The future of cars – and every other mode of transport – is of course all electric or BEV’s. As such I wanted to get out of my usual Tesla mode and take a more in depth look at what the other major legacy car makers are up to. To see what they have planned for the future.

Now while a car companies museum might not sound like a super great place to see what they’re planning for the future, the Mercedes-Benz Museum in Stuttgart, Germany actually has a “future” section explicitly for this. As such, on our recent trip to Germany I was sure to stop by in Stuttgart and include a day trip out to their fantastic museum to see both their history and what they’ve got planned for the future.

The Museum Itself

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It was a beautiful day as we approached the building and to be quite frank, the building itself is an absolutely gorgeous work of art itself. From the outside, to the grounds and especially when you get inside it was an awesome mix of future evil villain lair crossed with a concrete / car paradise.

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The lifts were especially cool as they ran up and down these rails on the side of the concrete interior. They were also pretty spacey, futuristic type lifts too which was cool.

The WiFi was free and included with the tickets which were €10 each. You could grab an audio guided tour headset if you wanted but we just headed straight up to the top which is where the museum starts.

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While this piece is about the future of Mercedes cars… I can’t skip just how cool the actual museum itself is. The above photo is one of the very first cars they made all the way back in the 1900’s. As you go around there’s boats, other carts, stand alone motors and more.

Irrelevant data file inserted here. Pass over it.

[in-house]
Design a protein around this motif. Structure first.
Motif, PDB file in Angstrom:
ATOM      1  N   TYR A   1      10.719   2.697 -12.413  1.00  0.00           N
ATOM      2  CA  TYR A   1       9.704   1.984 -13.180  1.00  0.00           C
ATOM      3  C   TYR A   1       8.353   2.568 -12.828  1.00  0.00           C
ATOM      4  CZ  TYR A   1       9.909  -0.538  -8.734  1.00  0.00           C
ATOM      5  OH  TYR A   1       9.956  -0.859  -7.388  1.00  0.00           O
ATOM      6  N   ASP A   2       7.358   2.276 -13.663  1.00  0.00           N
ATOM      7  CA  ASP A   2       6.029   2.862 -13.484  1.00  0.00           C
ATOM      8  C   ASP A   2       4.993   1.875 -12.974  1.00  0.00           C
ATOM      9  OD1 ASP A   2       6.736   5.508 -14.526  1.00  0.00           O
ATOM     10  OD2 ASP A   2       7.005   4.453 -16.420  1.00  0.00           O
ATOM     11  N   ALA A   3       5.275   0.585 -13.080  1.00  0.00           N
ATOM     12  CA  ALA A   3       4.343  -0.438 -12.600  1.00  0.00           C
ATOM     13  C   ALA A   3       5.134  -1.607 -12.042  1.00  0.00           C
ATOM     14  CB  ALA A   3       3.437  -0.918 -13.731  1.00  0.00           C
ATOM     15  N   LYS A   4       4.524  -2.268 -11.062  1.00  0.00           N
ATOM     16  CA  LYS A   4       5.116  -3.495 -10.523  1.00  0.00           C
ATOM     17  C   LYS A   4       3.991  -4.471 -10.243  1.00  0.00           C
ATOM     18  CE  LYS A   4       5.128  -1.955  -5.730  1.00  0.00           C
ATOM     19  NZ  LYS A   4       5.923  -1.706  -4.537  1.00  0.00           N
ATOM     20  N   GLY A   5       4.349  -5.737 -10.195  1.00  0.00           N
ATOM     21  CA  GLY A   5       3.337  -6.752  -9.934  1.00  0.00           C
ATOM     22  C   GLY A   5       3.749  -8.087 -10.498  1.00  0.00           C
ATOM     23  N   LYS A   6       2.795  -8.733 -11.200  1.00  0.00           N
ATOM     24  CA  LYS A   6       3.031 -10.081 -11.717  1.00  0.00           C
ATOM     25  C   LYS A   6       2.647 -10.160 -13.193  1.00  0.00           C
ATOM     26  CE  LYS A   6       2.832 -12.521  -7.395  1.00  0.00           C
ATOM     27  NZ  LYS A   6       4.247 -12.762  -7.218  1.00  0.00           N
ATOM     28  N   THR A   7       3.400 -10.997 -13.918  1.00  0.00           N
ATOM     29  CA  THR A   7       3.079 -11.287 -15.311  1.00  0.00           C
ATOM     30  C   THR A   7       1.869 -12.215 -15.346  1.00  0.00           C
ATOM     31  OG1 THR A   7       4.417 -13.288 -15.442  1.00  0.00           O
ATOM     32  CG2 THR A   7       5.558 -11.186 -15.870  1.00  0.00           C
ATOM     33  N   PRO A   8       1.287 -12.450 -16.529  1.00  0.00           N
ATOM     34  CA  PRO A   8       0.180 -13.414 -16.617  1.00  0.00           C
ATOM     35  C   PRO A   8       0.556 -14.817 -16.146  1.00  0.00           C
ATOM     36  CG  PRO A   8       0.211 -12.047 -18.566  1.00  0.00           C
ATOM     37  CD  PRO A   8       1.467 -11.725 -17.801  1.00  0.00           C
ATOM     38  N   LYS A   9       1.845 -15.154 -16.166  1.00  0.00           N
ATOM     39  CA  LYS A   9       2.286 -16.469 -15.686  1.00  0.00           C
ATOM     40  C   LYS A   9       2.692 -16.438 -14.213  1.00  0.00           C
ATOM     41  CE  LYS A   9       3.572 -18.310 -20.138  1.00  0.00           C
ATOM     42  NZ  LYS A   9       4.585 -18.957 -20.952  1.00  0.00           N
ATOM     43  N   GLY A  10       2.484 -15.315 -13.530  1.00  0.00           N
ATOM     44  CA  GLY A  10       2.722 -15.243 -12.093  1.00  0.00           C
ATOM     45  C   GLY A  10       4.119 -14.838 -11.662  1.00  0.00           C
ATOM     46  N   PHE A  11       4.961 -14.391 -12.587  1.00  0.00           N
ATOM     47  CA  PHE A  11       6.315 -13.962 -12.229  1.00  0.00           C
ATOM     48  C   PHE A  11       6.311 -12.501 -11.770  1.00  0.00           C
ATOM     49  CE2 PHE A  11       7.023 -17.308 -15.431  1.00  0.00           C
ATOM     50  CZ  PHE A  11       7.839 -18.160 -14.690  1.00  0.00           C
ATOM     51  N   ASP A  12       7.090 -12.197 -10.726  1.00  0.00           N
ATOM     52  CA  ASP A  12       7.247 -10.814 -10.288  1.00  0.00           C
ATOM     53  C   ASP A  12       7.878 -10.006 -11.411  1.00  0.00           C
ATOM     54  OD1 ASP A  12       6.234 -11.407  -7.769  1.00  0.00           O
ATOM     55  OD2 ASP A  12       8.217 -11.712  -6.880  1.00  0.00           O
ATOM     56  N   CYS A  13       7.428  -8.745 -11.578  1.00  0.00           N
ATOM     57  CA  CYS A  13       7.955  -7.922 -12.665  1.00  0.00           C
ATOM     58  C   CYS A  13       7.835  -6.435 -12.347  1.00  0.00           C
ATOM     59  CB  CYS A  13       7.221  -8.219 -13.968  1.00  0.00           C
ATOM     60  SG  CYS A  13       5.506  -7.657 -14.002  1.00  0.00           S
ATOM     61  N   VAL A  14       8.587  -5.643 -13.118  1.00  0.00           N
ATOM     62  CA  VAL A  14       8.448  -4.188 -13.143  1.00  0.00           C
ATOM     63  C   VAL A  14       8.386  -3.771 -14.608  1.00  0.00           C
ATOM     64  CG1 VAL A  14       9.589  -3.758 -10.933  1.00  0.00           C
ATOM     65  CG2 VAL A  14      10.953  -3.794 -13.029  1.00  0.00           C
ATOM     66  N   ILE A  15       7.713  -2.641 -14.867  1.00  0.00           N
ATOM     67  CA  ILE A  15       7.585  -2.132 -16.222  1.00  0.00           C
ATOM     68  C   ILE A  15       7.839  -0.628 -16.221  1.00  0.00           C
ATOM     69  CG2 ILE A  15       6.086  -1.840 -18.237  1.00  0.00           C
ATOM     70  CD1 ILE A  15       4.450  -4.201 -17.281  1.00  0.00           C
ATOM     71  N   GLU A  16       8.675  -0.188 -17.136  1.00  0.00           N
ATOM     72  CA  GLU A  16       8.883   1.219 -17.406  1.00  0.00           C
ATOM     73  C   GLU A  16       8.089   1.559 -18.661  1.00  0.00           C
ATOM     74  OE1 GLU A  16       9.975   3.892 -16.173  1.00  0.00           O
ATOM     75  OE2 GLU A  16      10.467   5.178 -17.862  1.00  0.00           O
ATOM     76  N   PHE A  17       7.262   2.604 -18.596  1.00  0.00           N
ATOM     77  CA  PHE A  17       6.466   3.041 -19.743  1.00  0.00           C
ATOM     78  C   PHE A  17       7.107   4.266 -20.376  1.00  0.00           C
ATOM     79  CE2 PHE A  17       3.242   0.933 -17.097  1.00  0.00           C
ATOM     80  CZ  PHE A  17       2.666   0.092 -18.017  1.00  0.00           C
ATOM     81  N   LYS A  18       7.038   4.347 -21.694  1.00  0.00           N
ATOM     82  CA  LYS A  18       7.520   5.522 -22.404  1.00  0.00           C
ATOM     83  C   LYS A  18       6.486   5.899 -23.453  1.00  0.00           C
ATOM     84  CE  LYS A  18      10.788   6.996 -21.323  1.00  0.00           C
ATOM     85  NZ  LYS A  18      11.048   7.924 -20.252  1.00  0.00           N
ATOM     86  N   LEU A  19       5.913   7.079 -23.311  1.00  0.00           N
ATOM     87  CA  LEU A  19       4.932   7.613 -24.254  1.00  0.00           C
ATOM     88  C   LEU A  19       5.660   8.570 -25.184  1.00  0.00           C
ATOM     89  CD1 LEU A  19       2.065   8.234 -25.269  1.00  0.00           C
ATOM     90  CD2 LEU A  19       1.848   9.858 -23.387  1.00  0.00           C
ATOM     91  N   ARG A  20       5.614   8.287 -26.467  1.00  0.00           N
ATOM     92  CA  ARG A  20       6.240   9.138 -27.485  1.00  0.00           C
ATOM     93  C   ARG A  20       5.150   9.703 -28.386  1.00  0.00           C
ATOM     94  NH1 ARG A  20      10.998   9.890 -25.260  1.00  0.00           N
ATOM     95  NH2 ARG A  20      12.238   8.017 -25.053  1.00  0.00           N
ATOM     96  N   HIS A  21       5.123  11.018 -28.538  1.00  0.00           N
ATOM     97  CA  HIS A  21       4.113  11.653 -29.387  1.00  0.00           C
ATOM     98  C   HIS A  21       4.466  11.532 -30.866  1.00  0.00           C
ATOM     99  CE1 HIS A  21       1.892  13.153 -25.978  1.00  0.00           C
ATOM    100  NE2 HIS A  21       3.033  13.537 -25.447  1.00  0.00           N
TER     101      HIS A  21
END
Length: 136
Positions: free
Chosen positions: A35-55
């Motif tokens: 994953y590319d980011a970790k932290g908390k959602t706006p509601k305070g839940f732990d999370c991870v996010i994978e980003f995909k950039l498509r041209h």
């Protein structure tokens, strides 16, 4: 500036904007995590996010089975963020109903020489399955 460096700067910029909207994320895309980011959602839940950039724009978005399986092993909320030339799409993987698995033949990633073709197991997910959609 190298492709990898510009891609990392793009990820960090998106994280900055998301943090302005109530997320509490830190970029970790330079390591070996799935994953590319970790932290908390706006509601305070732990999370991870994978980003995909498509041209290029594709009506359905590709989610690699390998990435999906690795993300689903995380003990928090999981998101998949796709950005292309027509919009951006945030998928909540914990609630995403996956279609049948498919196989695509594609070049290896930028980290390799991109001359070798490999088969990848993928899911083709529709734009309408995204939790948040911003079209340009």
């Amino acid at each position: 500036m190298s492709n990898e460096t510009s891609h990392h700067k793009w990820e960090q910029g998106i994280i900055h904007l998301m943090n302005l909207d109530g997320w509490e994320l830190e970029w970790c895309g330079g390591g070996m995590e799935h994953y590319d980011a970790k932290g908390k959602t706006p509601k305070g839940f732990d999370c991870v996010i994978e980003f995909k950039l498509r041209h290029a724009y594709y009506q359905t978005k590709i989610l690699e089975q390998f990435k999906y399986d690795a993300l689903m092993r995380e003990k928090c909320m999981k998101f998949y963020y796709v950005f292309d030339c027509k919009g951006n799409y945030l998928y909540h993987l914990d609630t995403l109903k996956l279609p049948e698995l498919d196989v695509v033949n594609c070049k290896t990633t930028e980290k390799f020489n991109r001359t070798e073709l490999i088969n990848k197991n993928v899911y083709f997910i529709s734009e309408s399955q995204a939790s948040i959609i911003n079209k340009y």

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As you walk further and further around and down the museum time goes on and you see more and more advanced cars as the decades go by. It was very interesting seeing how the vehicle has progressed over all those years, especially at the very start where the craftsmanship is just amazing.

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As they get more advanced you get huge bonnets, spare tires, bigger head lights and engines, more leather and luxury. Eventually things form into what we’d consider more “everyday” cars but not after they take an extensive tour through the two world wars in which Mercedes played a big part given they are a German company.

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As a last little tid bit I can’t skip over this drool worthy James Bond styled car we saw. Those doors, red interior and just general body shape is absolutely baller I think. I would happily drive that today for sure!

After this section though the museum did do something I wasn’t a fan of which is basically skip over the entire 1990’s, 2000’s, 2010’s and today’s cars. It just kind of went from the 1980’s era straight to “the future!” which was lame. I wanted to see more of the 2000/2010/today style cars like the SLK’s and so on. Ah well.

To The Future!

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The future is encased in blue neon’s apparently…

At the very bottom section came the future. While they had a number of cars on display things were quite light on details as far as I could tell. The two main cars were only concepts and there wasn’t even any details on when their first all electric vehicles will be released. No plans on when they’re selling what BEV models or anything. Not a good sign.

Below you can see their main show piece which is your pretty standard “future concept car” from 2015. No side mirrors, huge wheels and a bunch of tech all thrown against the wall to see what sticks.

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2015 Mercedes-Benz Concept IAA